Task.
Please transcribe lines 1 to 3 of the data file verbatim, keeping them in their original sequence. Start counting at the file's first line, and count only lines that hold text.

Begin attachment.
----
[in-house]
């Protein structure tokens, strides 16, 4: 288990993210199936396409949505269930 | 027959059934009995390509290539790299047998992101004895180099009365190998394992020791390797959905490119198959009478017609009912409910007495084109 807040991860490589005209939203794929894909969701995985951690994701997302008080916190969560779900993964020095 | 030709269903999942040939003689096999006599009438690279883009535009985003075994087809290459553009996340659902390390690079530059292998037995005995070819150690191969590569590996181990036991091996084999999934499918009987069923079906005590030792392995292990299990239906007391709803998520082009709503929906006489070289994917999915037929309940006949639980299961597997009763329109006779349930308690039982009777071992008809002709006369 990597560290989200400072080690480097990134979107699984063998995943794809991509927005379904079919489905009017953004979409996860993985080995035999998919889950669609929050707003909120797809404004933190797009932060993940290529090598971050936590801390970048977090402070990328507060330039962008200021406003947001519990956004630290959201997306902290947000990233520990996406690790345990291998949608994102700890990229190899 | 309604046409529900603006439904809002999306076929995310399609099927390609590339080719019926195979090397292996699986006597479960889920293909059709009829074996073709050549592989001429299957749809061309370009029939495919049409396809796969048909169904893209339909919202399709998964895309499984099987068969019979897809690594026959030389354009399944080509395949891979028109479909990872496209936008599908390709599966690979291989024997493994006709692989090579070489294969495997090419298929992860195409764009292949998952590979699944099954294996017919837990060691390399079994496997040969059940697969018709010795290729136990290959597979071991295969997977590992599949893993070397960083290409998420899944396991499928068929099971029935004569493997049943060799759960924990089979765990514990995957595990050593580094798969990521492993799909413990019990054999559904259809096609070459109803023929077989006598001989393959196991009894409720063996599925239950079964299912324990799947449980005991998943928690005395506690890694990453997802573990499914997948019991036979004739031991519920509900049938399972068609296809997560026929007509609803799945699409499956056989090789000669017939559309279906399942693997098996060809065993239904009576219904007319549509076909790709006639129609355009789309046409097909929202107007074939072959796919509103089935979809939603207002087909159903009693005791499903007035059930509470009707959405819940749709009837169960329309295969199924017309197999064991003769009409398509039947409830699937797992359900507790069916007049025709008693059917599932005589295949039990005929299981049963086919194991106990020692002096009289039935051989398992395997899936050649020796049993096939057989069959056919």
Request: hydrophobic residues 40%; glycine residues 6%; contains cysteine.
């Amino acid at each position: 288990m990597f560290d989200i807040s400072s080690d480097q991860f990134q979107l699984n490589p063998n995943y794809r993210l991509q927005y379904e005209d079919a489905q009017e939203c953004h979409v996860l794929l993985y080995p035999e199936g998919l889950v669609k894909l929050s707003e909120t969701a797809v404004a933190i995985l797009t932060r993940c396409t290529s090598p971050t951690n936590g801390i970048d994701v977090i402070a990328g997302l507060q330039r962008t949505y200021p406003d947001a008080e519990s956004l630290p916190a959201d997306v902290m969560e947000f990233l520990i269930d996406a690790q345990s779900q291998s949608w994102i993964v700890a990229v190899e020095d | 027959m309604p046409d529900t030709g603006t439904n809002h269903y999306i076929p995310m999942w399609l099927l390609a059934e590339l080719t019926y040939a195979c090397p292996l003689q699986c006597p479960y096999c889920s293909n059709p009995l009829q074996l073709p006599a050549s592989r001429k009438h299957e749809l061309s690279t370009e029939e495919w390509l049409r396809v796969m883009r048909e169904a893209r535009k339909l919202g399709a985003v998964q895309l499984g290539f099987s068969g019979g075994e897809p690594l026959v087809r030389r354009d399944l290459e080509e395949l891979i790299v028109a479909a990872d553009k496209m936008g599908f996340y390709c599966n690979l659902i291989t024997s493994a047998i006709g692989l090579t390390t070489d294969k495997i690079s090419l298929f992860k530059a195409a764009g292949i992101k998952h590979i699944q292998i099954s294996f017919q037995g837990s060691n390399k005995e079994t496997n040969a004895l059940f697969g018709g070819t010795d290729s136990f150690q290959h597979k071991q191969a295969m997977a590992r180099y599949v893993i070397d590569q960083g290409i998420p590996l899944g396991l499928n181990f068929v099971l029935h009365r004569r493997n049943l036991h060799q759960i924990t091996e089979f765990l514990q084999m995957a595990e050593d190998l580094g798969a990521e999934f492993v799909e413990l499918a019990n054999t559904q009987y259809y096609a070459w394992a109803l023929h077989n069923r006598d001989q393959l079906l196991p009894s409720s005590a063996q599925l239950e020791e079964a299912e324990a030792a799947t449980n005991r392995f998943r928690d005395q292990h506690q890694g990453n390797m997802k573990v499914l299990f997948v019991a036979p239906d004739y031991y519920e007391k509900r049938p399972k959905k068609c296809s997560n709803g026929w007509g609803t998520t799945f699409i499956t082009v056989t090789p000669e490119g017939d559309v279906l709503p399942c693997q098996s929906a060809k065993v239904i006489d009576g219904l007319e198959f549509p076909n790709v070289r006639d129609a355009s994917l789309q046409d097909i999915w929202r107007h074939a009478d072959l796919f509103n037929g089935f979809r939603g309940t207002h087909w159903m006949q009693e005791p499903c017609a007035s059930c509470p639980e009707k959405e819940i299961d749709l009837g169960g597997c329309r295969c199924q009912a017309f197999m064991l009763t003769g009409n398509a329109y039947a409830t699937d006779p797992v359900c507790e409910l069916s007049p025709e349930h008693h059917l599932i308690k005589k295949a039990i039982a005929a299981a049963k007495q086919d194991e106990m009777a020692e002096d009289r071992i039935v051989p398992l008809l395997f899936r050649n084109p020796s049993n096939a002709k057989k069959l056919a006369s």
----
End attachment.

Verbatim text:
[in-house]
């Protein structure tokens, strides 16, 4: 288990993210199936396409949505269930 | 027959059934009995390509290539790299047998992101004895180099009365190998394992020791390797959905490119198959009478017609009912409910007495084109 807040991860490589005209939203794929894909969701995985951690994701997302008080916190969560779900993964020095 | 030709269903999942040939003689096999006599009438690279883009535009985003075994087809290459553009996340659902390390690079530059292998037995005995070819150690191969590569590996181990036991091996084999999934499918009987069923079906005590030792392995292990299990239906007391709803998520082009709503929906006489070289994917999915037929309940006949639980299961597997009763329109006779349930308690039982009777071992008809002709006369 990597560290989200400072080690480097990134979107699984063998995943794809991509927005379904079919489905009017953004979409996860993985080995035999998919889950669609929050707003909120797809404004933190797009932060993940290529090598971050936590801390970048977090402070990328507060330039962008200021406003947001519990956004630290959201997306902290947000990233520990996406690790345990291998949608994102700890990229190899 | 309604046409529900603006439904809002999306076929995310399609099927390609590339080719019926195979090397292996699986006597479960889920293909059709009829074996073709050549592989001429299957749809061309370009029939495919049409396809796969048909169904893209339909919202399709998964895309499984099987068969019979897809690594026959030389354009399944080509395949891979028109479909990872496209936008599908390709599966690979291989024997493994006709692989090579070489294969495997090419298929992860195409764009292949998952590979699944099954294996017919837990060691390399079994496997040969059940697969018709010795290729136990290959597979071991295969997977590992599949893993070397960083290409998420899944396991499928068929099971029935004569493997049943060799759960924990089979765990514990995957595990050593580094798969990521492993799909413990019990054999559904259809096609070459109803023929077989006598001989393959196991009894409720063996599925239950079964299912324990799947449980005991998943928690005395506690890694990453997802573990499914997948019991036979004739031991519920509900049938399972068609296809997560026929007509609803799945699409499956056989090789000669017939559309279906399942693997098996060809065993239904009576219904007319549509076909790709006639129609355009789309046409097909929202107007074939072959796919509103089935979809939603207002087909159903009693005791499903007035059930509470009707959405819940749709009837169960329309295969199924017309197999064991003769009409398509039947409830699937797992359900507790069916007049025709008693059917599932005589295949039990005929299981049963086919194991106990020692002096009289039935051989398992395997899936050649020796049993096939057989069959056919």
Request: hydrophobic residues 40%; glycine residues 6%; contains cysteine.